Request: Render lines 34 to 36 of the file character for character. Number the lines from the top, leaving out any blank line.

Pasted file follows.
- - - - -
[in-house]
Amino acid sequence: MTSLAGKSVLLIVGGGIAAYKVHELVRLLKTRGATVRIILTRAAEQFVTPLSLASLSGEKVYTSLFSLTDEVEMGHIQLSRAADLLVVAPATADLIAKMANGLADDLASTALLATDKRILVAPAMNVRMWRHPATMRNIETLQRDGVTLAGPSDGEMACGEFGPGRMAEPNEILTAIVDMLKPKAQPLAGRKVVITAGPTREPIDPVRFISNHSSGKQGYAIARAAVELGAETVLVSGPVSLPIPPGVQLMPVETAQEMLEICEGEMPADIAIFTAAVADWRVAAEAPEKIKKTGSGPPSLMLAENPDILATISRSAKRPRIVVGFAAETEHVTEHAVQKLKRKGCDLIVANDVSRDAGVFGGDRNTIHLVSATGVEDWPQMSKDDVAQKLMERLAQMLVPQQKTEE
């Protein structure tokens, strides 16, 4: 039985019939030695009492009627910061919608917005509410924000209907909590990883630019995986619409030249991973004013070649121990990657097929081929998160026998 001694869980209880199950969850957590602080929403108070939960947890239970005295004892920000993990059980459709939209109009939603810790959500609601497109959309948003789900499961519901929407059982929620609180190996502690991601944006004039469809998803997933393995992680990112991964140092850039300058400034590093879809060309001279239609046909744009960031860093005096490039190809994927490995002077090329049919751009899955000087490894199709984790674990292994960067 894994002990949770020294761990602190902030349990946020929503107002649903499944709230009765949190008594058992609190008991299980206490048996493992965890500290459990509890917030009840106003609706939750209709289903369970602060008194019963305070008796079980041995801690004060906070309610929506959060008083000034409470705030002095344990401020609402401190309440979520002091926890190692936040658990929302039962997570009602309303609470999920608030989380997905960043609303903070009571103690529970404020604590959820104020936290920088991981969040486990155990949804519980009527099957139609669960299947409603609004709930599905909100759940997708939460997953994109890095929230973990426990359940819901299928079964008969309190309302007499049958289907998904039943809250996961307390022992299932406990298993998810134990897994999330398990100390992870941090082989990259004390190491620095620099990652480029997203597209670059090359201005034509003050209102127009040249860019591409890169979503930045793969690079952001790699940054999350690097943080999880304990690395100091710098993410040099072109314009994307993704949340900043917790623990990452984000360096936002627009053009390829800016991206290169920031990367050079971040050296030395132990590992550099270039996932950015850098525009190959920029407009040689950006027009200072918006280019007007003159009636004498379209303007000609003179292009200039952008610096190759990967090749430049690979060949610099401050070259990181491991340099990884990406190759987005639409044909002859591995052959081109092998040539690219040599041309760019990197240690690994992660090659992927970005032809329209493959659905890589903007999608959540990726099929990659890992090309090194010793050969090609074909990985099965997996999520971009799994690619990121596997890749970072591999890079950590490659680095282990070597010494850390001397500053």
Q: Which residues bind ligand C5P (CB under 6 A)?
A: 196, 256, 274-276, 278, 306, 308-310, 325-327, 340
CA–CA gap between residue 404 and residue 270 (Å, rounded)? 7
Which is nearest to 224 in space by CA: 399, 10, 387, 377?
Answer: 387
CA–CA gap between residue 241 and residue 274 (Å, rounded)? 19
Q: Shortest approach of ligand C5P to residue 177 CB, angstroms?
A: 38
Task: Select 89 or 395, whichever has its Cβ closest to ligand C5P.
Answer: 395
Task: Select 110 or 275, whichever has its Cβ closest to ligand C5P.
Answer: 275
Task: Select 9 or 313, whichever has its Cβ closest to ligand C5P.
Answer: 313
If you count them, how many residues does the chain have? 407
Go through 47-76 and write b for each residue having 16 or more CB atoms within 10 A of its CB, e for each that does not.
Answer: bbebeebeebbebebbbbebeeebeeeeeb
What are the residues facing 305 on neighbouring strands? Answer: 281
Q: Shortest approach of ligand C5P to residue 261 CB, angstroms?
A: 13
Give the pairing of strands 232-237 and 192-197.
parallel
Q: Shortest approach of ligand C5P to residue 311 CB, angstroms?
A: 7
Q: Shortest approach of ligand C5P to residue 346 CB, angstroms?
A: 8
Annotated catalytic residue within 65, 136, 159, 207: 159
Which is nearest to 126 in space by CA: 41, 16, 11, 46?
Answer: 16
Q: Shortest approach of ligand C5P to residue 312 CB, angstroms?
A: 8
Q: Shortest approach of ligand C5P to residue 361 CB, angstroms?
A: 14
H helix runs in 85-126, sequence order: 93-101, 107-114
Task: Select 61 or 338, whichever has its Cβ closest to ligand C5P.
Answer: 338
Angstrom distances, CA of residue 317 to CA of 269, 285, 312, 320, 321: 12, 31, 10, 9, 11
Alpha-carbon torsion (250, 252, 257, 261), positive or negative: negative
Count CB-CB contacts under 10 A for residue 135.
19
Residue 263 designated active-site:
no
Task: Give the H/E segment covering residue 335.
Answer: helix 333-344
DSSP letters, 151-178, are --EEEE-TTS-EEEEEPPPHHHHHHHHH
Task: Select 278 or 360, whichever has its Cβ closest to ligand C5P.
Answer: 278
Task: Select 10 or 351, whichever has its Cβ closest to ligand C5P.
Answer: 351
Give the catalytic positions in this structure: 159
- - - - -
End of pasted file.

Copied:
A: 8
Q: Shortest approach of ligand C5P to residue 361 CB, angstroms?
A: 14